“You didn’t have to be so nice, I would have liked you anyway…”
John Sebastian is so damned ingratiating in concert that he can make you forget that his once golden voice now possesses merely a shadow of its former glory. Confidant and so relaxed that you’d think he was simply doing some casual picking in your living room, the former frontman for the Lovin’ Spoonful ambled across the stage at the beautiful and funky Universal Preservation Hall in Saratoga Springs on Friday night, plugged in his electric guitar and launched into one of those jaunty blues gems from Mississippi John Hurt, “I’m Satisfied.”
By the end of his hour-and-a-half performance the sizable crowd was satisfied, too.
At this point in his career, the 67-year-old Sebastian doesn’t have anything to prove. Heck, the last week he performed around Nippertown, he showed up at The Egg last November as a completely unannounced surprise guest, playing the whole night with jug band revivalists Jim Kweskin and Geoff Muldaur.
With the Spoonful, he racked up a batch of ’60s-defining Top 40 hits. He went solo, played Woodstock (where he now lives) and landed another huge hit. And when the hits dried up, he didn’t go into the usual desperate, embarrassing bandwagon-jumping mode. Instead, he went back to his original musical inspiration – acoustic blues and jug band music.
On Friday, he mixed it all up nicely, and provided a little musical history lesson along the way. With uncommon candor, he revealed – and illustrated – the musical inspirations behind many of those hits. “Do You Believe in Magic?,” for example, was nicked from Martha Reeves & the Vandellas’ “Heatwave.” Jug band pioneer Gus Cannon’s “Prison Wall Blues” was the basis for “Younger Girl,” and Sebastian performed a seamless medley of those tunes, as well as Cannon’s “Jug Band Music” (rather than the Spoonful song of the same title). “Did You Ever Have to Make Up Your Mind?” was an attempt at channeling Huey “Piano” Smith, while “Daydream” was an attempt to replicate the big Motown beat of the Supremes’ early hits. And it was a young Danny Gatton playing in a Holiday Inn lounge – and blowing the minds of Sebastian and Spoonful guitarist Zal Yanovsky – that inspired “Nashville Cats.”
The biggest influence on the Sebastian (and the Spoonful), however, was Mississippi John Hurt. “It seems to be a night when I keep circling back around to John Hurt,” he said, easing his way into Hurt’s “Coffee Blues” – the song whose lyrics provided the Lovin’ Spoonful with their band name.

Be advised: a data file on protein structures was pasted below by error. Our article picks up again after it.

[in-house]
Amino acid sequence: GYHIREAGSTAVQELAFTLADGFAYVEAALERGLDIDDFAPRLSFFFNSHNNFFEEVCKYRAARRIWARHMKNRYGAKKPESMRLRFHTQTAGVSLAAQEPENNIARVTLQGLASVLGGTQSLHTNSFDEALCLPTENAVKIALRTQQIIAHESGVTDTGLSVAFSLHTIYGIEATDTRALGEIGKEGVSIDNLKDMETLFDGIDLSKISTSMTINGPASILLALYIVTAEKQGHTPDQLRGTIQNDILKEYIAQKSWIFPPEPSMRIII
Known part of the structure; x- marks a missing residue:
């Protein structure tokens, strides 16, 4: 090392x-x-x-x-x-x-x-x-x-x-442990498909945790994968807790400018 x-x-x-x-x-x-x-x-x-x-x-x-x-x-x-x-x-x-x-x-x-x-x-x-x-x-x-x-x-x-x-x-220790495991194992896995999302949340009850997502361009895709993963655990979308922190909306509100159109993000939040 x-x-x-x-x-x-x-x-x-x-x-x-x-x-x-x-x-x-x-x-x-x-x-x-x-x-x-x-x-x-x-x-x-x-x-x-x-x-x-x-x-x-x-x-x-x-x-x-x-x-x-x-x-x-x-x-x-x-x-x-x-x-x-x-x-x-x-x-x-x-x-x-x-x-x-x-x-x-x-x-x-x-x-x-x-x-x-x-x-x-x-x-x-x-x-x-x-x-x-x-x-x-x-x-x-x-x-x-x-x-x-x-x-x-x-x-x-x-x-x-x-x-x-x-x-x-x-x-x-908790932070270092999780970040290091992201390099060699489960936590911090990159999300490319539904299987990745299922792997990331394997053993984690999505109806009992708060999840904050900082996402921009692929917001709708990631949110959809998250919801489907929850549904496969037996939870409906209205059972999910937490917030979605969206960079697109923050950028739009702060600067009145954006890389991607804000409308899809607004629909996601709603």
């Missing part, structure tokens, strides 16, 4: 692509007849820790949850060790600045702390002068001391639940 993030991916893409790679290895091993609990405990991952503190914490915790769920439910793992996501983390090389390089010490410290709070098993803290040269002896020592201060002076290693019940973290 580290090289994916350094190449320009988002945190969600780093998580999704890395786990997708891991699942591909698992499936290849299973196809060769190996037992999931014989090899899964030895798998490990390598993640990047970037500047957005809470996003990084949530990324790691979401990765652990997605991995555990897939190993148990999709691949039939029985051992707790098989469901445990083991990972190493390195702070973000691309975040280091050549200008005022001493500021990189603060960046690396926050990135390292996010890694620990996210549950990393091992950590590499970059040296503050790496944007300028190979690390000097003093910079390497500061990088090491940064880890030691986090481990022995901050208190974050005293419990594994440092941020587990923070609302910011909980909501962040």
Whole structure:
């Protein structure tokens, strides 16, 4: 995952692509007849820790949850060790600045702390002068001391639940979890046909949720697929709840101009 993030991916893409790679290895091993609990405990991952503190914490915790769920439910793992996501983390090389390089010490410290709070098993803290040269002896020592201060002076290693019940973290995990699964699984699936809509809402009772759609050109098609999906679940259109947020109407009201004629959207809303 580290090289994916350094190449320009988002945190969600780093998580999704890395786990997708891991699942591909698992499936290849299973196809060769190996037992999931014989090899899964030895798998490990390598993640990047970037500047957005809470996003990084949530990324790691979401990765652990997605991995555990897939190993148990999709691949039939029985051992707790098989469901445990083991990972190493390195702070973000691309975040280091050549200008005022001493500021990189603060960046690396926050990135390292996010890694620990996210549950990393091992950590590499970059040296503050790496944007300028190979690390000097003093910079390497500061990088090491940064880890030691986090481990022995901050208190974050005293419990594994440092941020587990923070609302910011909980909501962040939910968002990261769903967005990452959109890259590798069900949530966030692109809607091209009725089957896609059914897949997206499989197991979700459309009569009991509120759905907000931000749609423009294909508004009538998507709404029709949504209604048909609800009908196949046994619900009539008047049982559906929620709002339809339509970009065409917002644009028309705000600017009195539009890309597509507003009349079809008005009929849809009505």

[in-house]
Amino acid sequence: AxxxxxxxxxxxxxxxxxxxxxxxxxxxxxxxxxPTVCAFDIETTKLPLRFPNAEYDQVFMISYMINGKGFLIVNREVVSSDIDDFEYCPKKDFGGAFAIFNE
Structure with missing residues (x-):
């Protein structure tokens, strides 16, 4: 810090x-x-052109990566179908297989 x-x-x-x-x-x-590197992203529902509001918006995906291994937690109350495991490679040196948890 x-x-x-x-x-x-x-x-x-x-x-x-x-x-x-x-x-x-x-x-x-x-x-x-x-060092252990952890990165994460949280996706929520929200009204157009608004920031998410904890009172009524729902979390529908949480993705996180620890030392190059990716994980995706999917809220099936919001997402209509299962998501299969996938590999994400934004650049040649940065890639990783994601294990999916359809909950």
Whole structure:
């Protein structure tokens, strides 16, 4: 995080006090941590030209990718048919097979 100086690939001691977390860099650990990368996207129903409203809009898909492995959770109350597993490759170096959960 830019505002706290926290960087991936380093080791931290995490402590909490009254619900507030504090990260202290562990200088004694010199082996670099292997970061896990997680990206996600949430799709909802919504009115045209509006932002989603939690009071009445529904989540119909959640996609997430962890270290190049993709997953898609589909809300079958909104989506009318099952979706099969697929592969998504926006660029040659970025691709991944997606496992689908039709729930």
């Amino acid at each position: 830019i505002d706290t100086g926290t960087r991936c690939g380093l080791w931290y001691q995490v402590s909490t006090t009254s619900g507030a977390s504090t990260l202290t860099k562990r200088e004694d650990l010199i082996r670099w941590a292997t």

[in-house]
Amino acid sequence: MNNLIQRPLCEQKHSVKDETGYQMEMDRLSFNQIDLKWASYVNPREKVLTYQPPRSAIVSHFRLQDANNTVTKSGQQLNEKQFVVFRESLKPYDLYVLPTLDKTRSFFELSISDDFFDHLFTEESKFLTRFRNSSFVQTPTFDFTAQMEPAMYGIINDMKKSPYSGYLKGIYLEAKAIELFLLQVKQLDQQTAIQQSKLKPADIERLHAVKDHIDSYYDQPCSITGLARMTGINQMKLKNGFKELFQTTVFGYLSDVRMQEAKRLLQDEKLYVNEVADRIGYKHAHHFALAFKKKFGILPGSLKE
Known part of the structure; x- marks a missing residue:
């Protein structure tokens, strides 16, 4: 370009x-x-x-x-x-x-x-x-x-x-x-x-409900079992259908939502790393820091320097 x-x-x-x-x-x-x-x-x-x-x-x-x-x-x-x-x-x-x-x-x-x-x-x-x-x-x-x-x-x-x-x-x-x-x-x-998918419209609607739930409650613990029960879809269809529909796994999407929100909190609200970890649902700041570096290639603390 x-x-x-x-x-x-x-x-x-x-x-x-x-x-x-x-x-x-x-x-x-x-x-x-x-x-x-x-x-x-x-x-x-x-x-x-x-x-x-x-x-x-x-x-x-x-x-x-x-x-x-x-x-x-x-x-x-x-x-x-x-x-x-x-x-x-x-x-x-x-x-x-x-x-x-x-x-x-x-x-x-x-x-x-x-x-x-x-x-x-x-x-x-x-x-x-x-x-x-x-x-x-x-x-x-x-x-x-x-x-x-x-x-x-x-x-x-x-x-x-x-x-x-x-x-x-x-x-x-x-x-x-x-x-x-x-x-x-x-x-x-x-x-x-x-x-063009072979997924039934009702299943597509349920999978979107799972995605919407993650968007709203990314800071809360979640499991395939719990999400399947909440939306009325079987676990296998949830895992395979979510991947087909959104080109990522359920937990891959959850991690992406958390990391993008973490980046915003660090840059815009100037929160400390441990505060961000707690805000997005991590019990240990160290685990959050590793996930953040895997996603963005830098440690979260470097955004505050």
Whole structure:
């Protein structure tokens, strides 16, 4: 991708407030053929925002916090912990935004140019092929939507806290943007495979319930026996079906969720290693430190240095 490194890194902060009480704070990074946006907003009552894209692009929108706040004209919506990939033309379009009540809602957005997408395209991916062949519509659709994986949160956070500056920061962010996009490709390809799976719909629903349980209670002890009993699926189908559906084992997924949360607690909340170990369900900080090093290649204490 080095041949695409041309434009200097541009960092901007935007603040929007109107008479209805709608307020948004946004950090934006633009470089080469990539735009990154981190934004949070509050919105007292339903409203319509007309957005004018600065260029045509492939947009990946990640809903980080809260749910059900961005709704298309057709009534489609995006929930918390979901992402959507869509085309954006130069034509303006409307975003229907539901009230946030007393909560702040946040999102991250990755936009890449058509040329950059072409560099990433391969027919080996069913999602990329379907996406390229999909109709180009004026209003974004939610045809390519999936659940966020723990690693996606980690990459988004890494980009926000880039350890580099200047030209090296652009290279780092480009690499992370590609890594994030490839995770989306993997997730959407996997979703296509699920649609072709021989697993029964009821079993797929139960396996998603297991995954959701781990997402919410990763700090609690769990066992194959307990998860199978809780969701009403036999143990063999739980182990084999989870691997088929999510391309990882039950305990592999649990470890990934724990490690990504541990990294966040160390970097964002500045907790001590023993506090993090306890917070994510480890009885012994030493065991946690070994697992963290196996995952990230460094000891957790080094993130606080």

Throughout his chatty, off-the-cuff performance, Sebastian also dropped in mini renditions of a quite a diverse batch of tunes from the songbags of the Righteous Brothers, Lightnin’ Hopkins, Duane Eddy and Etta Baker. With a bit of a Dr. John-like drawl, he sang of his crush on Maria Muldaur with “My Passing Fantasy.” He glided through an absolutely lovely guitar instrumental version of the Everly Brothers’ “Walk Right Back.” And he capped off the night with a howlin’ solo harmonica offering that started out with a Sonny Terry-like blues and slid into a playful little ditty written by his classical harmonica virtuoso dad.
Photograph by Andrzej Pilarczyk
My review at The Times Union
Excerpt from David Singer’s review at The Daily Gazette: “He plays more blues than you realize. Some of it had a jug bounce, or a Nashville twang, or a Spoonful pop-folk treatment, but in the end, it was the blues, and his guitar playing highlighted this during songs like ‘Passing Fantasy’ … The stories were interesting, given Sebastian’s experience at the dawn of it all – before sound systems could handle large venues, for example. But more music and less talk probably would have made some happier. No matter, it was an enjoyable evening of music and story telling.”
JOHN SEBASTIAN SET LIST
I’m Satisfied (Mississippi John Hurt)
Just Don’t Stop Til You’re All Worn Out
Do You Believe in Magic?
You Didn’t Have to Be So Nice
Avalon Blues (Mississippi John Hurt)
Prison Wall Blues (Gus Cannon)/Younger Girl
Jug Band Music (Gus Cannon)
The Strings of Your Heart
Walk Right Back (the Everly Brothers)
My Passing Fantasy
Coffee Blues (Mississippi John Hurt)
Did You Ever Have to Make Up Your Mind?
Darlin’, Be Home Soon
instrumental harmonica solo